Learning First Alliance

Strengthening public schools for every child

The Public School Insights Blog

High-performing nations set themselves on a course of steady, long-term improvement, which includes consistent practices for recruiting, preparing, and supporting teachers — that is among the big takeaways from state legislators who participated in a year-long study of education outside the United States.

The study was convened by the National Conference of State Legislatures to explore how education functions in countries that are high performers on the PISA assessment. The 22 legislators all serve on their states’ legislative education committees. (I talked with two of them as part of Kappan’s work preparing our November 2015 issue on what the United States can learn from other countries.)

What they’ve learned so far has surprised them.

Indiana State Rep. Bob Behning, a Republican from Indianapolis, and Arkansas State Sen. Joyce Elliott, a Democrat from Little Rock, came to the exploration with different experiences and political ideas, but they sound a lot alike when they describe what they learned from studying Shanghai, Finland, Singapore, Ontario, and more. ...

Giving parents and students the ability to choose their school is promoted by supporters as the key to improving American education overall. On the surface, the idea has great appeal. Who, after all, opposes having choices?

Indeed, both Republican and Democratic policymakers have embraced school choice in various forms that range from opening up alternatives within the public school system to providing taxpayer dollars to students to take to private schools. But for all the rhetoric, does school choice live up to its supporters’ claims?

NSBA’s Center for Public Education seeks to find an answer in this at-a-glance overview of school choice in all its permutations: ...

As the Common Core State Standards (CCSS) and their kindred iterations continue to gain traction in schools around the country, staff development efforts have been bringing in-service educators up to speed, and colleges of education have been adjusting their curricula to ensure that the field’s newest professionals are also ready for the new standards. Nowhere has this shift seen greater success than in Kentucky, which was the first state to adopt and implement CCSS. A recent AACTE webinar sponsored by the Learning First Alliance’s “Get It Right” campaign highlighted the remarkable progress made by institutions in the state. ...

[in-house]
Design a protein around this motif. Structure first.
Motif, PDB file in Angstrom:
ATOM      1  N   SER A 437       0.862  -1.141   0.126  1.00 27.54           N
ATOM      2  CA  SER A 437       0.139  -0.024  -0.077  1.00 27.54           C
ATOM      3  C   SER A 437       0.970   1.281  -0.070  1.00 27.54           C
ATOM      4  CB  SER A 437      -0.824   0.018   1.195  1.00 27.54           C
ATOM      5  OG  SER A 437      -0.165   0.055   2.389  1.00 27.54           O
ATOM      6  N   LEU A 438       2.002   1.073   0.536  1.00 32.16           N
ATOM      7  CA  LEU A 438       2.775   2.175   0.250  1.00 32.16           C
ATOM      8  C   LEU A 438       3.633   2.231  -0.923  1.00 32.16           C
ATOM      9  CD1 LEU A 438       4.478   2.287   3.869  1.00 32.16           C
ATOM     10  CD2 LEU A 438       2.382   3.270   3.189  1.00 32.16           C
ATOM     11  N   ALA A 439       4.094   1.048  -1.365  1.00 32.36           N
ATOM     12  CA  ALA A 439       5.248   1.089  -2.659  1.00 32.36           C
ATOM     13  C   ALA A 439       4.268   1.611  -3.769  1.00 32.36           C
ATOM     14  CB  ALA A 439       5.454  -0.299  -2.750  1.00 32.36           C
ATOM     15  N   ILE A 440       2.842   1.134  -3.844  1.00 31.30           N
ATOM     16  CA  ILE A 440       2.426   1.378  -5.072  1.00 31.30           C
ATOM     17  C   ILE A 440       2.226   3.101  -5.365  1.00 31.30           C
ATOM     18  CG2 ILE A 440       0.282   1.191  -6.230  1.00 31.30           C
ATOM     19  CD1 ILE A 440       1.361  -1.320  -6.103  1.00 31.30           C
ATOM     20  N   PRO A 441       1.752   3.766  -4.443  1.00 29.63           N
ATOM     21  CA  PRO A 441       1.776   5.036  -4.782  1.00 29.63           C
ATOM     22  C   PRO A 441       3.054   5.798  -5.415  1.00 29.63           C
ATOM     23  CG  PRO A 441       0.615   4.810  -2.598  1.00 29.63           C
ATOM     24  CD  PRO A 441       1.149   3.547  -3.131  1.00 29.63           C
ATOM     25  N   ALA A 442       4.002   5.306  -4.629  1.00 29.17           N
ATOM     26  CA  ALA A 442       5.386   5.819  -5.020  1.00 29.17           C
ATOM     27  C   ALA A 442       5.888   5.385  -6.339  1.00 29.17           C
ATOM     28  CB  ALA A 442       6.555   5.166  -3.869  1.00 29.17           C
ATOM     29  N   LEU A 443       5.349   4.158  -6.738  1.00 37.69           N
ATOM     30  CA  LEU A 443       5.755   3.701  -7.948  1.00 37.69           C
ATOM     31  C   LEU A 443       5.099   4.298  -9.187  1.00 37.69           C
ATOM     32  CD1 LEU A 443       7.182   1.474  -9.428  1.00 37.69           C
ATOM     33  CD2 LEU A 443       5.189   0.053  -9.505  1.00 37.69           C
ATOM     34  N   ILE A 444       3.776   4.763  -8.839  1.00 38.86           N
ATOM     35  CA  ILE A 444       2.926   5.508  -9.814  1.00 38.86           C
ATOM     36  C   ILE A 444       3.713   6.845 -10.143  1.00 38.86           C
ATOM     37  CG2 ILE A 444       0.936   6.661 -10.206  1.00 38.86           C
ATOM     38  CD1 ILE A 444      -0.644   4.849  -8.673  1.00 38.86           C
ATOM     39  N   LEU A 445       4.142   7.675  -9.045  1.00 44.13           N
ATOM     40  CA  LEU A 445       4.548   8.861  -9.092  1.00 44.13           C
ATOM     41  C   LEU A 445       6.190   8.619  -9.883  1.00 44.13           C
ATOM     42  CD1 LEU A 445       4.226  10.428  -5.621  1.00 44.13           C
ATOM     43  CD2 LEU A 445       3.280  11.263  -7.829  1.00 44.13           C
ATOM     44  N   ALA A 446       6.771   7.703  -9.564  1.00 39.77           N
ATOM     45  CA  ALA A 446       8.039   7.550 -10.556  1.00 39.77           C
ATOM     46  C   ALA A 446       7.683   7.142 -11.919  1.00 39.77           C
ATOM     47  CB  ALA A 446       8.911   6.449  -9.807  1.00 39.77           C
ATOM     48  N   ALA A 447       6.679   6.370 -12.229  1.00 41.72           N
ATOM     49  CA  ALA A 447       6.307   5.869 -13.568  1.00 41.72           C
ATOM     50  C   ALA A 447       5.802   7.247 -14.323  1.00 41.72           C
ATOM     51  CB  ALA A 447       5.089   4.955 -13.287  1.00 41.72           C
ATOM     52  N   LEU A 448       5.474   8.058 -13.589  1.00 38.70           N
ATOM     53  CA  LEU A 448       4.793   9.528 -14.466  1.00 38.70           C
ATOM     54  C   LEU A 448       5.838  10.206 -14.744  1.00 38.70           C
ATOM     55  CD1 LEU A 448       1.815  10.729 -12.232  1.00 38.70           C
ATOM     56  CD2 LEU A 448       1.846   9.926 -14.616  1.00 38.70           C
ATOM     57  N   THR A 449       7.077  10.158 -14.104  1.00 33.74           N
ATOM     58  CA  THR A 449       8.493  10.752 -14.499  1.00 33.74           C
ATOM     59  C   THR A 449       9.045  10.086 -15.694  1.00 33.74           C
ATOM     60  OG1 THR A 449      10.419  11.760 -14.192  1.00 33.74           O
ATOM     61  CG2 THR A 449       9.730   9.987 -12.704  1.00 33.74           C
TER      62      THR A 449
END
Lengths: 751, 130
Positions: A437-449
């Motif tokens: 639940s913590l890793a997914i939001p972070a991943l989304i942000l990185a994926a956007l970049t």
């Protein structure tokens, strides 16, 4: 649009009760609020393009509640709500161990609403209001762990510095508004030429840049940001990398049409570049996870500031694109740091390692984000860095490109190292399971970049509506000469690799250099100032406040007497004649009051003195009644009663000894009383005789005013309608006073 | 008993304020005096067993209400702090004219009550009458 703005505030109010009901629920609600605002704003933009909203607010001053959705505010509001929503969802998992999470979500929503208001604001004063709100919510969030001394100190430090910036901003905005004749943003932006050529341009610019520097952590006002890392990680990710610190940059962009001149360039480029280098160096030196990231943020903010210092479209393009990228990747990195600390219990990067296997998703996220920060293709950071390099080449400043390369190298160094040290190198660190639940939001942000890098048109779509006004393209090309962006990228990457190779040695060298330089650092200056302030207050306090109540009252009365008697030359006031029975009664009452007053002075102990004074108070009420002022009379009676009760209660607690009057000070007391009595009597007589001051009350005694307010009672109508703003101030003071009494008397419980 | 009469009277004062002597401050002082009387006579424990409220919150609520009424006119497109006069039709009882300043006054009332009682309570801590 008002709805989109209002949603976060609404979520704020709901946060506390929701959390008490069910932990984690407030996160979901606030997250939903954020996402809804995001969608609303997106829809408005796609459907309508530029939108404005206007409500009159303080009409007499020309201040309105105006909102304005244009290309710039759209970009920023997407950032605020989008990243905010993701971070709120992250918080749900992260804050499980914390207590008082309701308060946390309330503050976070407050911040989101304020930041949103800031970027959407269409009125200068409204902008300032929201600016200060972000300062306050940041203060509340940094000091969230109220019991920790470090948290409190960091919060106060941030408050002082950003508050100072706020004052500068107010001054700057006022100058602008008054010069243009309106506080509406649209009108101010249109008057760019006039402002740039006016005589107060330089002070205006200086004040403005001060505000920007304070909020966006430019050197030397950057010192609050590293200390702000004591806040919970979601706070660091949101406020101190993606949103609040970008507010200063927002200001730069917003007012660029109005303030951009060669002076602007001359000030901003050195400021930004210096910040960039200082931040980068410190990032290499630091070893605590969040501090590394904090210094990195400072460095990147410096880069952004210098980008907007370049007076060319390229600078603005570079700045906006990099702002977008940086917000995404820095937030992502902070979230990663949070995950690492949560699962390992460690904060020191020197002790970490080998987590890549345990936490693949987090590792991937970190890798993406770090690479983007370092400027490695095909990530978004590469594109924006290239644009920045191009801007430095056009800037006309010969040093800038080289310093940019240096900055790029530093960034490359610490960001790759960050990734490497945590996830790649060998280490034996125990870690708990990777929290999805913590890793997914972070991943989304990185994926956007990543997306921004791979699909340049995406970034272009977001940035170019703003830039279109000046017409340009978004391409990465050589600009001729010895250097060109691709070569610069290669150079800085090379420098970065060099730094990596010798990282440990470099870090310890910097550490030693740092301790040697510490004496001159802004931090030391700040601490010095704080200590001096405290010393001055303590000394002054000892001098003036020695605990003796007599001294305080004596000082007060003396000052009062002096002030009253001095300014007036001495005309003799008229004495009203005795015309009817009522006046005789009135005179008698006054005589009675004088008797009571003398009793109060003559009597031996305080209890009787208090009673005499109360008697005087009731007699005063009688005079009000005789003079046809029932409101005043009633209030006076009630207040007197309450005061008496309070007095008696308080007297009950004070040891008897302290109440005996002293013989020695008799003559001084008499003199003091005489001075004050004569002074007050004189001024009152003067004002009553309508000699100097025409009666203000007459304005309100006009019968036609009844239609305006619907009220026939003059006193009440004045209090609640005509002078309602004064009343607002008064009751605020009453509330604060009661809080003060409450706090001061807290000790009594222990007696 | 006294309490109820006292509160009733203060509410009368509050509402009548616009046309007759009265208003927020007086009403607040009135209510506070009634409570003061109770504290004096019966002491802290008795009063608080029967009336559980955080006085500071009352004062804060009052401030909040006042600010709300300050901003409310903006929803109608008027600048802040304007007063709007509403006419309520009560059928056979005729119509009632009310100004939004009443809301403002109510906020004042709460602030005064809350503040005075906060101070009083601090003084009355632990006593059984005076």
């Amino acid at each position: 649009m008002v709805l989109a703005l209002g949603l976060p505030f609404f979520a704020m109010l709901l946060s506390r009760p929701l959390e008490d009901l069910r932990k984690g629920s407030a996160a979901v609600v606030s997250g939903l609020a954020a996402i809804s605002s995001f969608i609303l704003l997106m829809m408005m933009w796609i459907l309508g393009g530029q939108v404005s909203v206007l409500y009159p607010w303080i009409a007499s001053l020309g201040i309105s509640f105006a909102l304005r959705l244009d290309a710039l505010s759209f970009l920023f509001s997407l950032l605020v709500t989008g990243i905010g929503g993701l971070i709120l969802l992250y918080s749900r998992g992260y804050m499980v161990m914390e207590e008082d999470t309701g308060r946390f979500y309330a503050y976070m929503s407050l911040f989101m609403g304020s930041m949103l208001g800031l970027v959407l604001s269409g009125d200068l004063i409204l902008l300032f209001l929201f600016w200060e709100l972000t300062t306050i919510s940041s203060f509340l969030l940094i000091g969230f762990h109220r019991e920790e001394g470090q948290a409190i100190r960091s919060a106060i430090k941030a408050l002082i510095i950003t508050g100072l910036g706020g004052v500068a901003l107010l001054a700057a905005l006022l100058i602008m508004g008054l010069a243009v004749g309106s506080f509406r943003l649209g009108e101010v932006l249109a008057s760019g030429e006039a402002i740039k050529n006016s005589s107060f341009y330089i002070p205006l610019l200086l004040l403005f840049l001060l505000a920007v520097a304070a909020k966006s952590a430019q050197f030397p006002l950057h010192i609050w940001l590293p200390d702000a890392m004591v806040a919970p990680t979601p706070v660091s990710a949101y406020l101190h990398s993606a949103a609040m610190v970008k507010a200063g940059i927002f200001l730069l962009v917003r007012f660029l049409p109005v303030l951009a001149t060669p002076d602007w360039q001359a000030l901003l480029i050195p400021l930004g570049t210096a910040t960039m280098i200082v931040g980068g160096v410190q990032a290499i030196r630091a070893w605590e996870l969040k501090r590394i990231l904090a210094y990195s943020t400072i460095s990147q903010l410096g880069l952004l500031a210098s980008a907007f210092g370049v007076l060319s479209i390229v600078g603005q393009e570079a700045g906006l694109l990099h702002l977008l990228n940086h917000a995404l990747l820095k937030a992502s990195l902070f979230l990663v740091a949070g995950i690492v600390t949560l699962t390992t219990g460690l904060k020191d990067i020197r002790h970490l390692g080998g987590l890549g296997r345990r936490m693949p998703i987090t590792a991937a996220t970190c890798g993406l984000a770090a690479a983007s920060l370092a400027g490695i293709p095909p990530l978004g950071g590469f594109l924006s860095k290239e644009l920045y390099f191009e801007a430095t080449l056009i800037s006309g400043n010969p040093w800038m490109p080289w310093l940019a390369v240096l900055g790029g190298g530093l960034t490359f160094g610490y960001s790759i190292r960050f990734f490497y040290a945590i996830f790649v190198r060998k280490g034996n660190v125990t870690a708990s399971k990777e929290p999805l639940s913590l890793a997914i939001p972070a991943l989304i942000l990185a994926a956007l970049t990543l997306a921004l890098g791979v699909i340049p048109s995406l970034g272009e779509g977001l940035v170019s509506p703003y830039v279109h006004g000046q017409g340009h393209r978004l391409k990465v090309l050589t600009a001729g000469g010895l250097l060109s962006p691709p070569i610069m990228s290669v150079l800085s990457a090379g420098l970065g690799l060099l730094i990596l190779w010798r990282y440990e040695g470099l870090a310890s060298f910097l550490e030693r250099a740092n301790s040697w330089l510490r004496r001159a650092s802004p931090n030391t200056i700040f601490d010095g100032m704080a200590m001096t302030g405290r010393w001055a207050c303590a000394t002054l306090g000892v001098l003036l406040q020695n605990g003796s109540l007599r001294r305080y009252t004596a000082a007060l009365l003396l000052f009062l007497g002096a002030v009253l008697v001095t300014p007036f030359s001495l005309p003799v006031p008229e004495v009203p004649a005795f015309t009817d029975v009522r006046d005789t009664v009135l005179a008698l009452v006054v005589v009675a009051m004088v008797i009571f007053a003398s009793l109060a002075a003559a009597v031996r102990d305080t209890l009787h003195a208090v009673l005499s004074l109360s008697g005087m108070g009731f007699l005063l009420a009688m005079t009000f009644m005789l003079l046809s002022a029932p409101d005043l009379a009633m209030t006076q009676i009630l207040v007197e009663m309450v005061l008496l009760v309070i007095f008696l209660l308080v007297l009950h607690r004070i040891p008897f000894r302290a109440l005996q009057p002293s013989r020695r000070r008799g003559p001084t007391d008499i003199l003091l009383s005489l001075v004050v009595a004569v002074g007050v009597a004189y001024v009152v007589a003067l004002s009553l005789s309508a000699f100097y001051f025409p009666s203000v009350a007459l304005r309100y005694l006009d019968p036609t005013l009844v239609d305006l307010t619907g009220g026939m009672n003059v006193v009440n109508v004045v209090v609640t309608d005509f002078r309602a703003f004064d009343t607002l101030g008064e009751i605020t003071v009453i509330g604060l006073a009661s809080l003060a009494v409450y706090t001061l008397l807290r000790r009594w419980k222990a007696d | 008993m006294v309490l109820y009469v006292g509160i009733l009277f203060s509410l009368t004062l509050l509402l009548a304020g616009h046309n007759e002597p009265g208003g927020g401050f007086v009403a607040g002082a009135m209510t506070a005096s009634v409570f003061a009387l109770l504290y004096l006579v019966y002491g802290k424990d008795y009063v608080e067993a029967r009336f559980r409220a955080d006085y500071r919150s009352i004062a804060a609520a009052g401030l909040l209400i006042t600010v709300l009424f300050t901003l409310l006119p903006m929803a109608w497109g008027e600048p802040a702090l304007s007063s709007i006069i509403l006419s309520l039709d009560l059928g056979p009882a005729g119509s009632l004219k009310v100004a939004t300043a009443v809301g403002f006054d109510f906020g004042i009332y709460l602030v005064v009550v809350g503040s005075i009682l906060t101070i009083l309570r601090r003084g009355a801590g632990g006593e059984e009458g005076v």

According to the 2015 National Survey on College and Career-Ready Literacy Standards and Collaborative Professional Learning, 91 percent of teachers surveyed report working on standards implementation during collaborative time with colleagues, with 77 percent rating it valuable or extremely valuable in supporting their transition to new literacy standards. 

And 73 percent of teachers who report having regular time to collaborate feel better prepared to implement the standards. Yet more than 80 percent of teachers report having fewer than two hours a week to collaborate.

If we agree with the simple supposition that time and collaborative learning experiences are key to successful implementation, then how do we ensure that more teachers have what they need?

Research has confirmed many times that leadership is second only to teaching in influencing student achievement. In my view, when our goals include equity and excellence, leadership may be even more important.  ...

Dr. Nate Jensen, a member of the research team at the Northwest Evaluation Association, discusses the value of assessments aligned to the Common Core State Standards and the misconceptions that accompanied the implementation of new assessments in some states. Jensen explains how comparisons of student scores on the old and new assessments can distort the real picture of student learning under the Common Core State Standards.

Download as MP3

Following is an edited transcript:

LFA:  Welcome to "Get it Right: Common Sense on the Common Core," a podcast series from the Learning First Alliance.

Across the nation, we've embraced the possibility of college and career-ready standards and their potential to transform teaching and learning.  ...

In today’s competitive and political atmosphere, school leaders often ask us about strategies and tactics to build trust and confidence in our schools — let alone how to enhance the reputation of public education.